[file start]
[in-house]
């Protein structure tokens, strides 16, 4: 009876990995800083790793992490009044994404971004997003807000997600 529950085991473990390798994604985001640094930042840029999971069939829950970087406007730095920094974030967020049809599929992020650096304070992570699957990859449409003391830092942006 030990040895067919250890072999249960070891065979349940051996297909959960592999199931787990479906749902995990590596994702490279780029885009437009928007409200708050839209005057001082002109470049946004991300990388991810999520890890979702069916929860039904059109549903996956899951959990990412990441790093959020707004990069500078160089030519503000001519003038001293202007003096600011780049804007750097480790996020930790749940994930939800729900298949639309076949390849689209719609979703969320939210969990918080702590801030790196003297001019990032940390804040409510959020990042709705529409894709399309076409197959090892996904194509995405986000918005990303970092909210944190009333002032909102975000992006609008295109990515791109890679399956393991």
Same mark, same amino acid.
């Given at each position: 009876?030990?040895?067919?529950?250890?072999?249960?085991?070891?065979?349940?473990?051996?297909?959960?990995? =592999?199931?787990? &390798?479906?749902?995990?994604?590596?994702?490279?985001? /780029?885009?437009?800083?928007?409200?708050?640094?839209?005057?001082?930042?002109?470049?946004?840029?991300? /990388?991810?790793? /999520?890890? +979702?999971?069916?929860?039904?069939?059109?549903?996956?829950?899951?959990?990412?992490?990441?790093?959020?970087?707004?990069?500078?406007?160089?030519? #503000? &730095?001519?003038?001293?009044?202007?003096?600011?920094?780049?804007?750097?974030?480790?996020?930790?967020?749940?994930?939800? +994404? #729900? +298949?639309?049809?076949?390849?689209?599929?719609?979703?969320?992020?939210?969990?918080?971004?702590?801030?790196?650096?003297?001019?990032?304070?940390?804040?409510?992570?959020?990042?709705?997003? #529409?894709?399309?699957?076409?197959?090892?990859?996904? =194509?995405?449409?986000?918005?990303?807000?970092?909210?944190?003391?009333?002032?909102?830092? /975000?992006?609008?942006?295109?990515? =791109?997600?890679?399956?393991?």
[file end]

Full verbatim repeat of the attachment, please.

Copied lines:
[in-house]
């Protein structure tokens, strides 16, 4: 009876990995800083790793992490009044994404971004997003807000997600 529950085991473990390798994604985001640094930042840029999971069939829950970087406007730095920094974030967020049809599929992020650096304070992570699957990859449409003391830092942006 030990040895067919250890072999249960070891065979349940051996297909959960592999199931787990479906749902995990590596994702490279780029885009437009928007409200708050839209005057001082002109470049946004991300990388991810999520890890979702069916929860039904059109549903996956899951959990990412990441790093959020707004990069500078160089030519503000001519003038001293202007003096600011780049804007750097480790996020930790749940994930939800729900298949639309076949390849689209719609979703969320939210969990918080702590801030790196003297001019990032940390804040409510959020990042709705529409894709399309076409197959090892996904194509995405986000918005990303970092909210944190009333002032909102975000992006609008295109990515791109890679399956393991």
Same mark, same amino acid.
């Given at each position: 009876?030990?040895?067919?529950?250890?072999?249960?085991?070891?065979?349940?473990?051996?297909?959960?990995? =592999?199931?787990? &390798?479906?749902?995990?994604?590596?994702?490279?985001? /780029?885009?437009?800083?928007?409200?708050?640094?839209?005057?001082?930042?002109?470049?946004?840029?991300? /990388?991810?790793? /999520?890890? +979702?999971?069916?929860?039904?069939?059109?549903?996956?829950?899951?959990?990412?992490?990441?790093?959020?970087?707004?990069?500078?406007?160089?030519? #503000? &730095?001519?003038?001293?009044?202007?003096?600011?920094?780049?804007?750097?974030?480790?996020?930790?967020?749940?994930?939800? +994404? #729900? +298949?639309?049809?076949?390849?689209?599929?719609?979703?969320?992020?939210?969990?918080?971004?702590?801030?790196?650096?003297?001019?990032?304070?940390?804040?409510?992570?959020?990042?709705?997003? #529409?894709?399309?699957?076409?197959?090892?990859?996904? =194509?995405?449409?986000?918005?990303?807000?970092?909210?944190?003391?009333?002032?909102?830092? /975000?992006?609008?942006?295109?990515? =791109?997600?890679?399956?393991?």